Letter from Berlin Germany Flies the Flag

The World Cup has caused Germany to break out into a patriotic burst of black, red and gold not seen since reunification 16 years ago. Many Germans are confused. Some are even concerned. But they shouldn't be.

By Marc Young


Sometimes it would be easier to just be Swedish.

Aside from getting uncontrollably drunk on Baltic Sea ferries, the Swedes haven't really annoyed anyone for over a century. The times when Scandinavian armies or hordes of pillaging Vikings descended upon Europe are far enough back that no one begrudges the friendly Swedes their orgy of yellow-and-blue-colored patriotism whenever their national soccer team steps onto the pitch. This week is no exception, as they fill up the World Cup fan mile and cafés around the Brandenburg Gate in the runup to their match with Paraguay in Berlin on Thursday.

But the same can't be said for lots of other countries, which is why many Germans are queasy about the sudden outpouring of patriotic flag-waving brought on by the start of the World Cup this month.

Germany is awash in a sea of black, red and gold these days. Small banners flutter from cars, others are draped from windows. Some fans even carry a flag with them or have opted for face paint. For a country with such a conflicted relationship to its undisputedly unfortunate history, this is difficult for a lot of people.

Of course, supporting the national soccer team has long been the most innocent way for Germans to feel good about their country. But it's still easy to believe that what we might all be witness to this summer is nothing less than a watershed in attitudes towards patriotism and pride in Germany.

Six decades after the horrors of World War II and 16 years after reunification, it's okay to be German again.

As an American, I can attest that's a positive thing. There's absolutely no reason why Germans shouldn't be able to feel good about their modern and tolerant country. Germany is still far from perfect, as I have written here before, but the best way to cut neo-Nazis and other mutants off at the knees is to avoid abandoning love of country and patriotism to right-wing extremists.

Some German readers might recoil at this point, thinking I'm urging them to take up the often maudlin or rah-rah patriotism seen in much of the United States. I'm not. In fact, I fully understand the queasiness many Germans have towards such displays.

America, the new Germany?

That's because while in Germany it's becoming easier to wave the flag, unfortunately the situation is exactly the opposite for me and many of my American countrymen. When it comes to being disliked abroad, it sometimes feels like America has become the new Germany.

When you're from a large and mighty country, nobody likes to see you throw your weight around and then gloat about it. When Swedes revel in unabashed national euphoria it's cute. But when your country invades another under false assumptions and is reviled by many around the globe as either the "Great Satan" or the rotten source of imperialistic capitalism, flying the Stars and Stripes isn't easy. The official bus transporting the US soccer team during the World Cup is the only one out of 32 that isn't painted in the country's national colors.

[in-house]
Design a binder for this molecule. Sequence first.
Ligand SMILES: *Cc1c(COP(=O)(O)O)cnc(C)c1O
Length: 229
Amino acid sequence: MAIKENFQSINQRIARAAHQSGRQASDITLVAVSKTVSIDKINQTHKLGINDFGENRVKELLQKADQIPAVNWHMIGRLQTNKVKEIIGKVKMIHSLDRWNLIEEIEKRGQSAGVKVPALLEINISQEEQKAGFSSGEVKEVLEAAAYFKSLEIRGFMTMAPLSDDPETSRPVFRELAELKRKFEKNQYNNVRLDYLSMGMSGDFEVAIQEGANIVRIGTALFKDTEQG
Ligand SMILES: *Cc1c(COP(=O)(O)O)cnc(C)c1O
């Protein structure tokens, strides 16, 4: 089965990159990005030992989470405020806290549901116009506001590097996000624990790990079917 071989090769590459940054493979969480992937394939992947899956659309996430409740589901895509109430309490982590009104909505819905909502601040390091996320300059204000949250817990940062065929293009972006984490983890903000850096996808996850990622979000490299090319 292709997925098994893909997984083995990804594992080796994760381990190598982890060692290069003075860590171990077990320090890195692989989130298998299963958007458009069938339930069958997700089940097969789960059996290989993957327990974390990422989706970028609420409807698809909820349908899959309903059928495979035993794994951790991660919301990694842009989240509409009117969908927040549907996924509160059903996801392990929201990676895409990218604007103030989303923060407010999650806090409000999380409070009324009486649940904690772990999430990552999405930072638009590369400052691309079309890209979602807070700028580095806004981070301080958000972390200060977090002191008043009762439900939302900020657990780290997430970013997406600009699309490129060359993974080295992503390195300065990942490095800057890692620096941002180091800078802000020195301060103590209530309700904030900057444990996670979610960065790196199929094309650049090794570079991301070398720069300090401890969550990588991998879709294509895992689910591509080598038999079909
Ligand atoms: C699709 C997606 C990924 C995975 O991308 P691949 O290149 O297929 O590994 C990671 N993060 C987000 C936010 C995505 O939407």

I certainly wasn't going to drape a US flag over my shoulders during the United States' first match against the Czech Republic, but I did wear the US team jersey I bought for my weekly soccer kick with friends. Fortunately, the Americans were thoroughly drubbed by the Czechs 3-0, meaning I can hopefully continue my passionate support for the US soccer team for some time to come. Sure, it's crushing to see my side taken apart by the Czechs' Pavel Nedved and Tomas Rosicky, but the Americans are underdogs in global soccer -- making it a lot easier to root for them.

But that's not likely to remain that way. Right now, the US soccer team is what Steven Wells from Britain's Guardian newspaper has described as an "overdog in embryo." His theory is that eventually the United States will channel its considerable resources, both economic and sporting, into becoming the best soccer nation in the world. At that point, America will then be despised for being a footballing powerhouse as well as a military and cultural superpower.

Thanking Bush

So Germans should be happy they can freely cheer for Michael Ballack and team while swaddled in black, red and gold for the next three weeks. But before they get misty-eyed about the Fatherland, they should thank US President George W. Bush. Ironically enough, his decision to invade Iraq has helped many Germans feel proud -- as well they should -- about their country and its strong opposition to the war.

Besides, patriotism isn't about some misguided "my-country-right-or-wrong" type of attitude. I can vehemently disagree with US apologists for embarrassments like Guantanamo Bay exactly because I believe the sort of legal limbo the prison camp creates goes against the very principles that actually make me proud of my country.

Germans worried about flags sprouting up across the land should just be happy they aren't presently faced with a similar challenge to their national loyalties. And if they meet Sweden in the next round of the World Cup -- as is quite likely -- they should make damn sure a sea of black, red, gold gives yellow and blue a run for its money.

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